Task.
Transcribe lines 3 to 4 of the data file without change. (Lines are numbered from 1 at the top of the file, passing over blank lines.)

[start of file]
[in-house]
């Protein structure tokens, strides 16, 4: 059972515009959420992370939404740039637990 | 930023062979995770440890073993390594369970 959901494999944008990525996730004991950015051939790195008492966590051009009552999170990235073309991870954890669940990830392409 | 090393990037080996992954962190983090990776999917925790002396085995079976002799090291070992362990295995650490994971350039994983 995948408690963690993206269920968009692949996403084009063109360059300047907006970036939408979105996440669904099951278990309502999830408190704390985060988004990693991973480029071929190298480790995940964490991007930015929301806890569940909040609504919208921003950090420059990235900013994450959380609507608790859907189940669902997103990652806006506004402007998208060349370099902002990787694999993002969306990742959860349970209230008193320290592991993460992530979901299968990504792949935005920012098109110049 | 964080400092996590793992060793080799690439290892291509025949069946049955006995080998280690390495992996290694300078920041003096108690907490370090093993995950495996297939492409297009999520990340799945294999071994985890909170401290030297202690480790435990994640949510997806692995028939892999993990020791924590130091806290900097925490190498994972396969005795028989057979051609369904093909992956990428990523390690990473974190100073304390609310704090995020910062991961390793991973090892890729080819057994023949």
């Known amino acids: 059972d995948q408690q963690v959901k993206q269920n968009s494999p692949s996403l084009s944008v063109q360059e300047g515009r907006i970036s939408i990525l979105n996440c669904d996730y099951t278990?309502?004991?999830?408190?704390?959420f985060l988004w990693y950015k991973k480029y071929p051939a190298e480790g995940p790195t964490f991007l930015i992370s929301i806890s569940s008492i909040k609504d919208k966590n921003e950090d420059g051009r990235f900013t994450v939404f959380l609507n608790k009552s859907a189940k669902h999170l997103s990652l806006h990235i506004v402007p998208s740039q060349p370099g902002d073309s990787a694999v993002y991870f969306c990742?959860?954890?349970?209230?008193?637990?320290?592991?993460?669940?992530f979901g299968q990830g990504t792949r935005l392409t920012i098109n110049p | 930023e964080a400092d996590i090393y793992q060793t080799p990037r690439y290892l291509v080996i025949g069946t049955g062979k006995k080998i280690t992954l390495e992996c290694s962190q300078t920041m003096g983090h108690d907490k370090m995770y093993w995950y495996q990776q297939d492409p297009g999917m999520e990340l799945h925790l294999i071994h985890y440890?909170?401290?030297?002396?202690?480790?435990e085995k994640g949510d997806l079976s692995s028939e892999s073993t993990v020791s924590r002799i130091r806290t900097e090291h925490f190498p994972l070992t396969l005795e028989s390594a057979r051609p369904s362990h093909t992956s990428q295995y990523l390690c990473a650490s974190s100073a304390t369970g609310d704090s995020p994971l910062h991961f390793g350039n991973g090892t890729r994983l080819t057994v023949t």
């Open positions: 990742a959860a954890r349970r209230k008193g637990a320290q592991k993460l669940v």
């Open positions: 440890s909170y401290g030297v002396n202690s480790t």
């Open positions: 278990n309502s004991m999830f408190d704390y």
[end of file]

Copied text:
């Known amino acids: 059972d995948q408690q963690v959901k993206q269920n968009s494999p692949s996403l084009s944008v063109q360059e300047g515009r907006i970036s939408i990525l979105n996440c669904d996730y099951t278990?309502?004991?999830?408190?704390?959420f985060l988004w990693y950015k991973k480029y071929p051939a190298e480790g995940p790195t964490f991007l930015i992370s929301i806890s569940s008492i909040k609504d919208k966590n921003e950090d420059g051009r990235f900013t994450v939404f959380l609507n608790k009552s859907a189940k669902h999170l997103s990652l806006h990235i506004v402007p998208s740039q060349p370099g902002d073309s990787a694999v993002y991870f969306c990742?959860?954890?349970?209230?008193?637990?320290?592991?993460?669940?992530f979901g299968q990830g990504t792949r935005l392409t920012i098109n110049p | 930023e964080a400092d996590i090393y793992q060793t080799p990037r690439y290892l291509v080996i025949g069946t049955g062979k006995k080998i280690t992954l390495e992996c290694s962190q300078t920041m003096g983090h108690d907490k370090m995770y093993w995950y495996q990776q297939d492409p297009g999917m999520e990340l799945h925790l294999i071994h985890y440890?909170?401290?030297?002396?202690?480790?435990e085995k994640g949510d997806l079976s692995s028939e892999s073993t993990v020791s924590r002799i130091r806290t900097e090291h925490f190498p994972l070992t396969l005795e028989s390594a057979r051609p369904s362990h093909t992956s990428q295995y990523l390690c990473a650490s974190s100073a304390t369970g609310d704090s995020p994971l910062h991961f390793g350039n991973g090892t890729r994983l080819t057994v023949t």
């Open positions: 990742a959860a954890r349970r209230k008193g637990a320290q592991k993460l669940v």